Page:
Home Designing – Wall Sconce Shades
If you’ve always wanted to add shades of DIY wall lights to a fixture that didn’t include them, this little tutorial is for you!
I recently purchased two of these 3 light wall lights from Wayfair. (The application can be found here.)
I’m not quite ready to share where I’m going to use them. You have to stay tuned for this.
But I do not like bare bulbs, so I searched and searched for the perfect shades to match the sconces. The problem is that the arms of the sconce are very close to each other, so everything that flares up at all will not work. And since the arms are so long and thin, the standard high gloss shades seemed ridiculous. I needed high, thin shades and cylindrical shape. I also wanted fabric lampshades (not glass) with the lamp clips. Add up all these requirements, and what you have are nuances of wall lights that really do not exist. My only option was to make mine.
How To Make Your Own DIY Wall Lamp Shade
After thinking a lot about what I could use to make the perfect wall lights for DIY, I came across these cardboard tailpipes. They measure just over 3 inches in diameter and the inside measures exactly three inches in diameter. They were perfect for my colors!
I had just enough to make six shades of 6.5 inches tall. After cutting them, I used 220 grit sandpaper to clean the cut edges.
I still needed the clip rings to fit inside, which actually hold the shades to the bulbs. I found some little nuances at Lowe’s that had perfect rings. They were a little less than 4 each apiece, but I rummaged through the stacks of shades to find as many as possible that had no packaging and were dirty and/or bumpy, and then asked if they would sell them at a reduced price. I always ended up getting them for 2 each, which is actually affordable than what I found the clips sold separately online.
So, after disassembling Lowe’s gloss shadows, I was ready to put the clip rings into the sending tube shades.
I didn’t want rings just at the top of the blinds, so I used painter tape just around the top edge as a spacer…
And then mark the edge of the strip with a pencil.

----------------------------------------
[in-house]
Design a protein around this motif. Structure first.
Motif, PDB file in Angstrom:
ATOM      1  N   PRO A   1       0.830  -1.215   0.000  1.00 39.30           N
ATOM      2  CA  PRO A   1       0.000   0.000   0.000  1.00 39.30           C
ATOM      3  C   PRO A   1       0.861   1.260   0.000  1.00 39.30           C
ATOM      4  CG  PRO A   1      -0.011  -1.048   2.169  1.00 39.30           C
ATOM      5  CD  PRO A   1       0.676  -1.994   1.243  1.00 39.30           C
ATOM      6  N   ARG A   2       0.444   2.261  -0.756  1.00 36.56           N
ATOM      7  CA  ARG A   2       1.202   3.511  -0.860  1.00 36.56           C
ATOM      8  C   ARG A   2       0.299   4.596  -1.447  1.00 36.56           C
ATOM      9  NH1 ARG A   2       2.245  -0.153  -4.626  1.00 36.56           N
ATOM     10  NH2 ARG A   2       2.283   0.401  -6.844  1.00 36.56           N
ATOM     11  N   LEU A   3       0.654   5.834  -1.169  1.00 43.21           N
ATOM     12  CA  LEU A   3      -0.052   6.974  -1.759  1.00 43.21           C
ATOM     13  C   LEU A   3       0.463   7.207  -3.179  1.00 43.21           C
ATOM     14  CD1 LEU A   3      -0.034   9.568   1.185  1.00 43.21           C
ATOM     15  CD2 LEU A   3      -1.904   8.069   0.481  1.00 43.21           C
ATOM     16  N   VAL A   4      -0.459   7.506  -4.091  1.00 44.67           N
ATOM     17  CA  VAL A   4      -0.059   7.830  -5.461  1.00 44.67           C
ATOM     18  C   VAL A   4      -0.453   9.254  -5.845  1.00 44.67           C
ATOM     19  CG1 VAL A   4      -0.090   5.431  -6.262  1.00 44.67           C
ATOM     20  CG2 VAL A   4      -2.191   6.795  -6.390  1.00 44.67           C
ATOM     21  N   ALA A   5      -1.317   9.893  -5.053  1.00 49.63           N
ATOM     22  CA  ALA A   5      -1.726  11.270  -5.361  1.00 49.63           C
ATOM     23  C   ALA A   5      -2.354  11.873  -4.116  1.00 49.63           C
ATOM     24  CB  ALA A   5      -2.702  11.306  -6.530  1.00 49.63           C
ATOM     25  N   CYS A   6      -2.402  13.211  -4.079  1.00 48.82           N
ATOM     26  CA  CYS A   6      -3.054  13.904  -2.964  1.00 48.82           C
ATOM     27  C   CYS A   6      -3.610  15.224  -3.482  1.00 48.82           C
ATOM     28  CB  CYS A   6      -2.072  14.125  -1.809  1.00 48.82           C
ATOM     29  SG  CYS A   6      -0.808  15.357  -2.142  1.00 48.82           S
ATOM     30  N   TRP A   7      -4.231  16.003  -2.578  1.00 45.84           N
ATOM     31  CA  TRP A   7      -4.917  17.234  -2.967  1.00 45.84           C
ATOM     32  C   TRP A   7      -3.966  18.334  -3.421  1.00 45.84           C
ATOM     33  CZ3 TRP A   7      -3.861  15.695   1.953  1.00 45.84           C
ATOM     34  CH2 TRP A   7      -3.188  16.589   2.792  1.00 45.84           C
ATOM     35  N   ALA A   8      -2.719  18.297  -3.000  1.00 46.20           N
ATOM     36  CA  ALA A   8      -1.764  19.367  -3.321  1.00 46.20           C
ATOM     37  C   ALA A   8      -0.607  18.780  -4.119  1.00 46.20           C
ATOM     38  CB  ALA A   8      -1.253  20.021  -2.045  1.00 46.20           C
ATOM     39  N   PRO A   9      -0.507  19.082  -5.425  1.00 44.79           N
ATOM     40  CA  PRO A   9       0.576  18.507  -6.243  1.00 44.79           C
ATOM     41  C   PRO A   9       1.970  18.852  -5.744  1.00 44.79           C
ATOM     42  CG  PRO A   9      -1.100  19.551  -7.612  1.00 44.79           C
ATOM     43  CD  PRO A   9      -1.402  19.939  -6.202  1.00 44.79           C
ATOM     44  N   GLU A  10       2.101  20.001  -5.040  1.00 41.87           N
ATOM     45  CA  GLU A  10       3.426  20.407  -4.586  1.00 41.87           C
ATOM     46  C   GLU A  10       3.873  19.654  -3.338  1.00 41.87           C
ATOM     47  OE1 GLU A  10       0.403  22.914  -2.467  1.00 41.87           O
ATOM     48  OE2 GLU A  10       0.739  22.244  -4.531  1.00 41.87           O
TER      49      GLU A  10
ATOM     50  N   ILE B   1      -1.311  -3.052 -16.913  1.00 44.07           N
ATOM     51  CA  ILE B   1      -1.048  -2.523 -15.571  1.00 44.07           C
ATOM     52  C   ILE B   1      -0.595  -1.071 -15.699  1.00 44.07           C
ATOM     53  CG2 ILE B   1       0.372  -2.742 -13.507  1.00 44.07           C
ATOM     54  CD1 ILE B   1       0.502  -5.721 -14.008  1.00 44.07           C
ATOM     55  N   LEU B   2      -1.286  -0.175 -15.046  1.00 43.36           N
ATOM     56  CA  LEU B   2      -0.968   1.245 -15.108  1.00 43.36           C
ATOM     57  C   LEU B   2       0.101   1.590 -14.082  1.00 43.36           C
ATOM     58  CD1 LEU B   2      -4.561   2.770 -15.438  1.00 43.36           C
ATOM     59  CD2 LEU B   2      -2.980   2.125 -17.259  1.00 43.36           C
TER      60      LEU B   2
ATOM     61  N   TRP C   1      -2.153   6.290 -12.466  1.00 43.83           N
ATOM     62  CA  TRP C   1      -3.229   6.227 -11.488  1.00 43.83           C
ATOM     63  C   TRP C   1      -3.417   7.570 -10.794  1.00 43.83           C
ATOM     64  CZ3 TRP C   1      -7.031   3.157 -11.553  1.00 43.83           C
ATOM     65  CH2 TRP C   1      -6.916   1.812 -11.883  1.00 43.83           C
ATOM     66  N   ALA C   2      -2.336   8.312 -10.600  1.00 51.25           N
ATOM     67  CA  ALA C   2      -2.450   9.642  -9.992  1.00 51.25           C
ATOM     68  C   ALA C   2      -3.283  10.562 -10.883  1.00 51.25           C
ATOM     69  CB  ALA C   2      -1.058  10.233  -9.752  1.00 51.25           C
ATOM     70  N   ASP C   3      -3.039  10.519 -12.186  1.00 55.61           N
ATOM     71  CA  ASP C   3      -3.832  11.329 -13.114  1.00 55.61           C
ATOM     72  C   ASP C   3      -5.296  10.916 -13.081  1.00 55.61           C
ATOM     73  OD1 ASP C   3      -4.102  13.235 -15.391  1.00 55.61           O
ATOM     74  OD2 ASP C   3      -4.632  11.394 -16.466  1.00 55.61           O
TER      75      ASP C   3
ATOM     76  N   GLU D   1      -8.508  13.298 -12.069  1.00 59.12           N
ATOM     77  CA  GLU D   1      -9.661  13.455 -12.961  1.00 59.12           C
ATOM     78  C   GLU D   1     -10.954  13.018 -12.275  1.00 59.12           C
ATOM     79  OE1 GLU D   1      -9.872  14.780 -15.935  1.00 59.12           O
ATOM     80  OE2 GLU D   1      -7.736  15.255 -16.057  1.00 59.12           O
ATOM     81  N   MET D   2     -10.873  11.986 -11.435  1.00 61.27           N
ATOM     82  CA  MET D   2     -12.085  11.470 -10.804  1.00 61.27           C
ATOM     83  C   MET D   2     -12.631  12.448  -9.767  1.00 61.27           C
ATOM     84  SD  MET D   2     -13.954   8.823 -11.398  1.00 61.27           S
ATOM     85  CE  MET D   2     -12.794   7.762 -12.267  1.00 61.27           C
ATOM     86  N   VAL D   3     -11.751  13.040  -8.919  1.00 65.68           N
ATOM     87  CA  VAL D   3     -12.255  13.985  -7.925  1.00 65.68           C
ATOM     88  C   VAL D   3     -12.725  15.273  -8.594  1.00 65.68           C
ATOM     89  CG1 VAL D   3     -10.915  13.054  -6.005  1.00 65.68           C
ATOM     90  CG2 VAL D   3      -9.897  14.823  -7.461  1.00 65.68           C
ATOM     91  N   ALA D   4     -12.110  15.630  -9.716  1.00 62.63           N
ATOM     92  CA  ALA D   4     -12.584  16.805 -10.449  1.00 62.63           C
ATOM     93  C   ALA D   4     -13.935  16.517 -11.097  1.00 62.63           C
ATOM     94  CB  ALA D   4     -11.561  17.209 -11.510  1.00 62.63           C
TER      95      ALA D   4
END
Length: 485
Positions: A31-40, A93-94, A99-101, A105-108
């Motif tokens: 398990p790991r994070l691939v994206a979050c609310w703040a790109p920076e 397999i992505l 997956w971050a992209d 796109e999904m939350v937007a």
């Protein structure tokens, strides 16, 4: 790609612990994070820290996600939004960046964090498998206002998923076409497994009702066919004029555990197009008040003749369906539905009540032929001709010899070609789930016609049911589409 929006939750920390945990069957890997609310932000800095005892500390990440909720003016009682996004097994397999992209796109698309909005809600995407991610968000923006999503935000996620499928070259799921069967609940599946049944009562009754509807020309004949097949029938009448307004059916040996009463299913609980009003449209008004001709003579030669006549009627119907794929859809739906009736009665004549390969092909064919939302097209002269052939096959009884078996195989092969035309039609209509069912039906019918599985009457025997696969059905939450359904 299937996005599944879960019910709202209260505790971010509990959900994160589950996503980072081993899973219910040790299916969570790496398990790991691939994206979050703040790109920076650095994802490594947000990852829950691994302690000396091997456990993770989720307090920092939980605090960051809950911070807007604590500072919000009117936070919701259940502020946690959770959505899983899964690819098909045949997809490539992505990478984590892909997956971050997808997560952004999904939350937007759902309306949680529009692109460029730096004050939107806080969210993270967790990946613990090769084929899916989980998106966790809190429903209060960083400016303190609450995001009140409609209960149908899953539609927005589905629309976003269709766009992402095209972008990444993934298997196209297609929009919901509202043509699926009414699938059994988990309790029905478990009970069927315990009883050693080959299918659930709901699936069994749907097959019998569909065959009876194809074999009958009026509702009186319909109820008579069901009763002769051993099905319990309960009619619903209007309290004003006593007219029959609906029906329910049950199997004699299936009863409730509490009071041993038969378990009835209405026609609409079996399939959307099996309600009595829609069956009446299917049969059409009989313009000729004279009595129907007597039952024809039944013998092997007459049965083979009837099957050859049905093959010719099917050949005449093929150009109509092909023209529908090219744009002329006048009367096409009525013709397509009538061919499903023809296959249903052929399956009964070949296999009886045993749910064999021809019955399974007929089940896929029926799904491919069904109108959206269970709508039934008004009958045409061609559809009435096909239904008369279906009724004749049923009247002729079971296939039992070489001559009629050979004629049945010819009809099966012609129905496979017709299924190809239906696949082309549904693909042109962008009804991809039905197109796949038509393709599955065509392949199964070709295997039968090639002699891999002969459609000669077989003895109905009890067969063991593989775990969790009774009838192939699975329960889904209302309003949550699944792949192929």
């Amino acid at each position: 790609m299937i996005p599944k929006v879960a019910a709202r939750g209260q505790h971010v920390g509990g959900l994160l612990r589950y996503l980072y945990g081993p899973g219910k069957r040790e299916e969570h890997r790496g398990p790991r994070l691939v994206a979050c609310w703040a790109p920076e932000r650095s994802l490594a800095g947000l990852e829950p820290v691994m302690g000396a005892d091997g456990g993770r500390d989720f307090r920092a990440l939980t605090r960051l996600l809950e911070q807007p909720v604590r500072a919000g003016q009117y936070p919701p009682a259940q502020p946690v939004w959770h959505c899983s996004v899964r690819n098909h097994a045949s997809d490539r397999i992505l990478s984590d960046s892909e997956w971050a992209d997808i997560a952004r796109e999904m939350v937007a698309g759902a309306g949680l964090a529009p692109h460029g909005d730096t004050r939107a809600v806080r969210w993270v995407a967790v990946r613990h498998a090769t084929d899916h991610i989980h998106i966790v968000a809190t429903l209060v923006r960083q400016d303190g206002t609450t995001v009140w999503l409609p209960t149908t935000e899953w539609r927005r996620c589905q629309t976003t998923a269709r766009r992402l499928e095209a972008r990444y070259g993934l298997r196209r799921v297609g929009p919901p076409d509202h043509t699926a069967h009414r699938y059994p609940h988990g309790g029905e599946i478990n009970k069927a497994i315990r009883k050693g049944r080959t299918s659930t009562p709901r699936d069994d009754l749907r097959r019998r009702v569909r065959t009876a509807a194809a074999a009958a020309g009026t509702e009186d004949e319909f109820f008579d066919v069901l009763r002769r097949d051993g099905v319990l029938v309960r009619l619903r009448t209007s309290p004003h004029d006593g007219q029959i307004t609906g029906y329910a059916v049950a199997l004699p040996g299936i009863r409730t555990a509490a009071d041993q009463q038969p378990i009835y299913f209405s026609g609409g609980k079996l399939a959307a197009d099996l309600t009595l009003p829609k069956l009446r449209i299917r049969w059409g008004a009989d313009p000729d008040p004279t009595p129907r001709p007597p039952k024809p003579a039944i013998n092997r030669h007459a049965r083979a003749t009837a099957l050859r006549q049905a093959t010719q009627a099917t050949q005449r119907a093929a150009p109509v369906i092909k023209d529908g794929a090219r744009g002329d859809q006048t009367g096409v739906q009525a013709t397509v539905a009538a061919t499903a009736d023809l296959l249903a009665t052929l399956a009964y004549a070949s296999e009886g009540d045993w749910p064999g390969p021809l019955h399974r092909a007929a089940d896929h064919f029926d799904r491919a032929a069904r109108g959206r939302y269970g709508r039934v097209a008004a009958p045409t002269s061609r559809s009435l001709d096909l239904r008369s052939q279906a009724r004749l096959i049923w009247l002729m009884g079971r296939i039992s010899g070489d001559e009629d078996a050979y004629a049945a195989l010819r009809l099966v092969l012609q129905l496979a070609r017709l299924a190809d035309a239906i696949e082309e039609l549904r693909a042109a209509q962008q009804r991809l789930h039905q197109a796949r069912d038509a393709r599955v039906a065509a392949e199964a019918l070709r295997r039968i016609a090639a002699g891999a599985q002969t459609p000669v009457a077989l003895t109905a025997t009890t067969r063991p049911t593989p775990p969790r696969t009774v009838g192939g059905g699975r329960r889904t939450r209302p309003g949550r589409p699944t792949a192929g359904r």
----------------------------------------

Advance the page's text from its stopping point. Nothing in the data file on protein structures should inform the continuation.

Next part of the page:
Then I used this pencil mark as a guide to place the clip ring.
I rummaged in to find my reserve supply, the tape is stronger than me, and it was in the ribbon aluminum, which is used are the pipelines of heating, ventilation or the facilities of solar tubes. This thing is one of the most resistant and sticky tapes I’ve ever used, so I was sure it would hold the ring perfectly. I cut it into small pieces to make it easier to handle, and I used eight small pieces to hold each ring in place.
With the ring and ribbon in place, I painted the inside of the tubes with two layers of paint. The color was not important. I just needed the paint to seal the cardboard and make it less porous.
When the paint was completely dry, I used a spray glue for the metal foil, and then covered the inside with gold foil. It was a tight fit and it wasn’t the easiest thing I’ve ever done, but with a little patience I eventually covered all the interior surfaces.
I covered the outside of the lampshades of the wall lamp with a thick canvas that has a linen-like appearance. I cut the pieces so that they wrap around the shade and wrap about 1/2 inch. I put a strip of permanent tape along the vertical edge of the fabric and put it on the lampshade.
Wrapping in this way eliminated any volume that would have been there if I had bent the edge of the fabric, and with the tape right on the edge of the fabric it will prevent the fabric from unraveling.
I finished the shades by cutting out the excess fabric and then tying matching BIAS TAPE around the top and bottom of the shades to cover the cut edges. I first wrapped it around the outside of the shadow, fixing the ends with hot glue. Then I wrapped the tape at an angle around the edges and in the shade, fixing it with tape.
And that’s it! I repeated it five times, and now I have the perfectly shaped and perfectly sized shades for my appliqués.